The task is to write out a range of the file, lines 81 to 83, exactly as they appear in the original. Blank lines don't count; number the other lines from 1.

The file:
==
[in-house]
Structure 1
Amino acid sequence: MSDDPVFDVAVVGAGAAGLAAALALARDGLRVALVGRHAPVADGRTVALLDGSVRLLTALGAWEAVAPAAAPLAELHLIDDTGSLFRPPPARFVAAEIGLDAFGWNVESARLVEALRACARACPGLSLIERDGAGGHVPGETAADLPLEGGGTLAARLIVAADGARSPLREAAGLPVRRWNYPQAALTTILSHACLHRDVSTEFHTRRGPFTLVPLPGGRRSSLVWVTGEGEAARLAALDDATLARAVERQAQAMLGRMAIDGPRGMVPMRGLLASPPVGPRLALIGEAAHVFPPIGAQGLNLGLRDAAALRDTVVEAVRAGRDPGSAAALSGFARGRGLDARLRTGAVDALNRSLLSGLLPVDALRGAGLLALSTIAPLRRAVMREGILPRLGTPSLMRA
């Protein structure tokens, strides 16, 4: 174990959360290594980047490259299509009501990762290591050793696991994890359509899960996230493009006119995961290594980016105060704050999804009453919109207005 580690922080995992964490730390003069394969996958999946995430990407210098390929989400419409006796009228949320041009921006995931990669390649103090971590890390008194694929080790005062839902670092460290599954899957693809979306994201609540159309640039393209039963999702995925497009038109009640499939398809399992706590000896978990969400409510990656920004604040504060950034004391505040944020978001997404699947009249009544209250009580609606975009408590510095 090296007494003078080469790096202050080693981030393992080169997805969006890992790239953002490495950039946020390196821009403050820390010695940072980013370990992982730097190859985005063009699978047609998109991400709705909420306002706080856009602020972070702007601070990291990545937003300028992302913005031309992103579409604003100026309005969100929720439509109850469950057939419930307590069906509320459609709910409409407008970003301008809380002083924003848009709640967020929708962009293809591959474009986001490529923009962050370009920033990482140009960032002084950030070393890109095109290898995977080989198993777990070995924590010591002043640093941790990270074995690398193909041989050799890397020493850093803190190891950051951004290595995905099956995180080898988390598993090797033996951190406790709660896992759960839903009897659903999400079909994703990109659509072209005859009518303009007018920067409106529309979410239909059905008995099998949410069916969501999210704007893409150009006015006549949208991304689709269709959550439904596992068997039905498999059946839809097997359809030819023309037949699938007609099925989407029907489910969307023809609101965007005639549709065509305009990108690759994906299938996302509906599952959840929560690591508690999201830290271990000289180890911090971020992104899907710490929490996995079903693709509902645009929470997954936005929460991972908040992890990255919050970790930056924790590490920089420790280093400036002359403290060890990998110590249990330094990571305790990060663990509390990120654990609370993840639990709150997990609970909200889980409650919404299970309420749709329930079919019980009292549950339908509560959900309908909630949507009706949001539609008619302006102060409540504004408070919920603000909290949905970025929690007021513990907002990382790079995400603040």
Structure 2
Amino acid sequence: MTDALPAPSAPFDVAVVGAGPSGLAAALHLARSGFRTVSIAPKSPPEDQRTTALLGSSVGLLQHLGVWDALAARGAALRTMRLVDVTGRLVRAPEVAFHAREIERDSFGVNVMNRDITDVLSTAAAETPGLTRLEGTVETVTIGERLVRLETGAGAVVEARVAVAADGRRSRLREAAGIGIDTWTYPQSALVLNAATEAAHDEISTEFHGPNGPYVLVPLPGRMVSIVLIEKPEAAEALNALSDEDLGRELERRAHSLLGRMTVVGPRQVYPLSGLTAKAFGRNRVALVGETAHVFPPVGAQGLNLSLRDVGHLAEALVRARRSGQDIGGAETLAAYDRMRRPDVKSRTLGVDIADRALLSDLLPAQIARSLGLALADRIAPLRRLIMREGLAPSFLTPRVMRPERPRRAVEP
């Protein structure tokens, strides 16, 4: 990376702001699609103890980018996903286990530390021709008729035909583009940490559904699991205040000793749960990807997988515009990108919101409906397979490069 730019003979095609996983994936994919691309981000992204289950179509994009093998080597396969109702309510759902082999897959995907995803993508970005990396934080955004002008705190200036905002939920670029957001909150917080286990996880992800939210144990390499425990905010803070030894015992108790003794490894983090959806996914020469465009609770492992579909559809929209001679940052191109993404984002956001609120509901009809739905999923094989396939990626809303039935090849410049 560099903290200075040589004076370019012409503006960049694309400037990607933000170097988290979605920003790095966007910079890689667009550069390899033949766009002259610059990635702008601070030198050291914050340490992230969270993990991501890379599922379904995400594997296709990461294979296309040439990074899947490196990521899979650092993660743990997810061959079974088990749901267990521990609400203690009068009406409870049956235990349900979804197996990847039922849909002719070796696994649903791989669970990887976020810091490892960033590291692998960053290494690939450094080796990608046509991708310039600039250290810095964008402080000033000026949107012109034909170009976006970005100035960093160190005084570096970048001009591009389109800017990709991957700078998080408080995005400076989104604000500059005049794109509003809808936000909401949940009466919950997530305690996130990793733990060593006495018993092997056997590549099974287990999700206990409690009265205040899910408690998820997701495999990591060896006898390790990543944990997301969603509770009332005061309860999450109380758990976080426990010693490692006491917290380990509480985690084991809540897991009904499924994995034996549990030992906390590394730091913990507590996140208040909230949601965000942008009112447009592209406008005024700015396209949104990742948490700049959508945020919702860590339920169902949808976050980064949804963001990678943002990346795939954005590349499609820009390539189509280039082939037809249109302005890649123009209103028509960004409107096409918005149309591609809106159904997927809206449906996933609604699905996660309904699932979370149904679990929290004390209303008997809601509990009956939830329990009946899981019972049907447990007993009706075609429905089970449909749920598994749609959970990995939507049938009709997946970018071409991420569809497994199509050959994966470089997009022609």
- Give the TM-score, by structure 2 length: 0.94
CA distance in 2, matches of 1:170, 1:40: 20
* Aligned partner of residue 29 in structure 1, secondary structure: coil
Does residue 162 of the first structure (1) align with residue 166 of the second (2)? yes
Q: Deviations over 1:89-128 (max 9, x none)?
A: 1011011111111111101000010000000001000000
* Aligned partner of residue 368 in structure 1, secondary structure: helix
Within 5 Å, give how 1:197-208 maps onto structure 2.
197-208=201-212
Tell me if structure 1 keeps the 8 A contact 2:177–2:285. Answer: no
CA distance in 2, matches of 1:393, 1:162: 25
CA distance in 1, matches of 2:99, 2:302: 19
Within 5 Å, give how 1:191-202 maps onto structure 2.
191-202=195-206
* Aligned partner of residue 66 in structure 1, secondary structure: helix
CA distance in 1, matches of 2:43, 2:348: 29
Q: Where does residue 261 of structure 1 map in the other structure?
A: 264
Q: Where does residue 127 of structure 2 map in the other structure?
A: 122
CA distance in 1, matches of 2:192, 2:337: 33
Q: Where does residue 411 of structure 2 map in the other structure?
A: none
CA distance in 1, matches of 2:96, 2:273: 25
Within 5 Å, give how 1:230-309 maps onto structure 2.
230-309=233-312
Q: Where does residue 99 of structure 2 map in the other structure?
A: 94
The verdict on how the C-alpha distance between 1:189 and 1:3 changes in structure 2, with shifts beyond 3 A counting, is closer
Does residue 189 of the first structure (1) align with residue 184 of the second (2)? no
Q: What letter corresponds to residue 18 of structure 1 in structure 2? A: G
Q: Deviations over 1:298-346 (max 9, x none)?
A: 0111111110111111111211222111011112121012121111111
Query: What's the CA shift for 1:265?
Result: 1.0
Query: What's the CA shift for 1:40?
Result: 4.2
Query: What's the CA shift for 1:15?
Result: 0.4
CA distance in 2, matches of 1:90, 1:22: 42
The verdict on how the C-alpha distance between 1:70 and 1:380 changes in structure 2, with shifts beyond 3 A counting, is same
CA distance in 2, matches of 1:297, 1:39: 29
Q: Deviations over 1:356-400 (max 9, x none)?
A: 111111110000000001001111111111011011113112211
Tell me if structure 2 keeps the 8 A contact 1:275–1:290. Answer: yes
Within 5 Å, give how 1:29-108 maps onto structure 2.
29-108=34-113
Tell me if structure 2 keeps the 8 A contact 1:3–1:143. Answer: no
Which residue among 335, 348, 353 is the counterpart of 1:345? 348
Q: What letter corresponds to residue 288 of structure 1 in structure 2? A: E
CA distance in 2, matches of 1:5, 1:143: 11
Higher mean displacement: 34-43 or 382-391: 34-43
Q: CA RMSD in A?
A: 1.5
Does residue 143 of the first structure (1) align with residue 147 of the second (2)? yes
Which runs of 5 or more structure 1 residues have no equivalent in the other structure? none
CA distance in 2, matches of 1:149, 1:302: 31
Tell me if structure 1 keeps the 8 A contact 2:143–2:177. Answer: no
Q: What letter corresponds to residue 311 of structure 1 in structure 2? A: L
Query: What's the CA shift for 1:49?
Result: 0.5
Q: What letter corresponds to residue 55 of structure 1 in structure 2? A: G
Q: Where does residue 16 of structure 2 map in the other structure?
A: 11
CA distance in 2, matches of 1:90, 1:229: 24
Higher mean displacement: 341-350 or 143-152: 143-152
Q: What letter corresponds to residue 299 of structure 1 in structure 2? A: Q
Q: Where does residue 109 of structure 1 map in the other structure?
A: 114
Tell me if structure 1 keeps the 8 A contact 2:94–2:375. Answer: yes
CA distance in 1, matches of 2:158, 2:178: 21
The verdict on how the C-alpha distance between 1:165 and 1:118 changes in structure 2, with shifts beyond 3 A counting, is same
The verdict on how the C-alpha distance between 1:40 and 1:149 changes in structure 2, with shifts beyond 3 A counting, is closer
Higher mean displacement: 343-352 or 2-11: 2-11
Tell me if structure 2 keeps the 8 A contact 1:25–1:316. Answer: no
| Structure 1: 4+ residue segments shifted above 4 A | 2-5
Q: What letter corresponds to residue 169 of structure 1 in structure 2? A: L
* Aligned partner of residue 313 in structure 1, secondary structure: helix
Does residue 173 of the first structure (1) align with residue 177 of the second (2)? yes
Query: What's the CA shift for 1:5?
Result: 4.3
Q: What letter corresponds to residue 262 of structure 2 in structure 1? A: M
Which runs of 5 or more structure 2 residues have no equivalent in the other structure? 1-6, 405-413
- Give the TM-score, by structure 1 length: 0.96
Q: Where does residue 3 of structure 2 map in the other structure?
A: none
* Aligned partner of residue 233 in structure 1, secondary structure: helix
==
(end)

Higher mean displacement: 343-352 or 2-11: 2-11
Tell me if structure 2 keeps the 8 A contact 1:25–1:316. Answer: no
| Structure 1: 4+ residue segments shifted above 4 A | 2-5